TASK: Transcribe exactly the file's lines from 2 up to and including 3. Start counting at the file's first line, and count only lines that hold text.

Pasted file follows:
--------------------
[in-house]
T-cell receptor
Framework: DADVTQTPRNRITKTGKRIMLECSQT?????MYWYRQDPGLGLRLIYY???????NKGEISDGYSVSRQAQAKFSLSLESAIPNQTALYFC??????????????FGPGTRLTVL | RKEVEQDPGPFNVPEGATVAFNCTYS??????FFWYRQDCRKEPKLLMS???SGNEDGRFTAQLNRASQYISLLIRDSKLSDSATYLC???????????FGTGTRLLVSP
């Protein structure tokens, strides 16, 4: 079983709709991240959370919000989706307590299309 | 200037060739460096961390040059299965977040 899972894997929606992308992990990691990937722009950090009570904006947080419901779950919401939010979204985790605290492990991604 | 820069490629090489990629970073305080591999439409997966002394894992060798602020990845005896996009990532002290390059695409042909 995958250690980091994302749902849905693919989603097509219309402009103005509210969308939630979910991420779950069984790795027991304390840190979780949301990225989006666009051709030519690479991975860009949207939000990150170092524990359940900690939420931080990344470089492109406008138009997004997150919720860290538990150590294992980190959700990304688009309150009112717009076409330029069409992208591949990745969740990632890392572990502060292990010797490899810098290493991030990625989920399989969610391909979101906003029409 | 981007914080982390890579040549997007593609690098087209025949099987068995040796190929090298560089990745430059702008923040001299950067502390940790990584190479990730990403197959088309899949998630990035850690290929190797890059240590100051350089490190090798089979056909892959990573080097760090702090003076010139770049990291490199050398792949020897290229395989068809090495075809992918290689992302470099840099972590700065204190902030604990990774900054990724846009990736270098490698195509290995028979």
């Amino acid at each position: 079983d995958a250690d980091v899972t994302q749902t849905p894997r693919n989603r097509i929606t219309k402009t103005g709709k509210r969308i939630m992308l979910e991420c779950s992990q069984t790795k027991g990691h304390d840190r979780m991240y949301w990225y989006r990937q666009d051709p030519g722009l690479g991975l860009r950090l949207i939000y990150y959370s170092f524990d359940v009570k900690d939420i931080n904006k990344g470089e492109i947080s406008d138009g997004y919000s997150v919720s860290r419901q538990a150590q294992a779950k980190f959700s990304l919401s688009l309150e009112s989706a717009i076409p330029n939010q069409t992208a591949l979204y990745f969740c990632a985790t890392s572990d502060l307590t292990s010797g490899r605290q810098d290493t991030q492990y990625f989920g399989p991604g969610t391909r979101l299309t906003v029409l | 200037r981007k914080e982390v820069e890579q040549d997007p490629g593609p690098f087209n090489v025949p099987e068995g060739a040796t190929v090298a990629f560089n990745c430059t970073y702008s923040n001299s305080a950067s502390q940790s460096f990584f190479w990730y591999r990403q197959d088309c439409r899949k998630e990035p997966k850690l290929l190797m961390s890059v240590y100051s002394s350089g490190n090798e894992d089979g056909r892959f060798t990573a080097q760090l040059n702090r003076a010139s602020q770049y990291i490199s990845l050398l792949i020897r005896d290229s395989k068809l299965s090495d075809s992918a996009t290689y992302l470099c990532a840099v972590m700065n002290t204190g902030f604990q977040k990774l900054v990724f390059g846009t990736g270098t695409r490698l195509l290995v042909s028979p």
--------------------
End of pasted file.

T-cell receptor
Framework: DADVTQTPRNRITKTGKRIMLECSQT?????MYWYRQDPGLGLRLIYY???????NKGEISDGYSVSRQAQAKFSLSLESAIPNQTALYFC??????????????FGPGTRLTVL | RKEVEQDPGPFNVPEGATVAFNCTYS??????FFWYRQDCRKEPKLLMS???SGNEDGRFTAQLNRASQYISLLIRDSKLSDSATYLC???????????FGTGTRLLVSP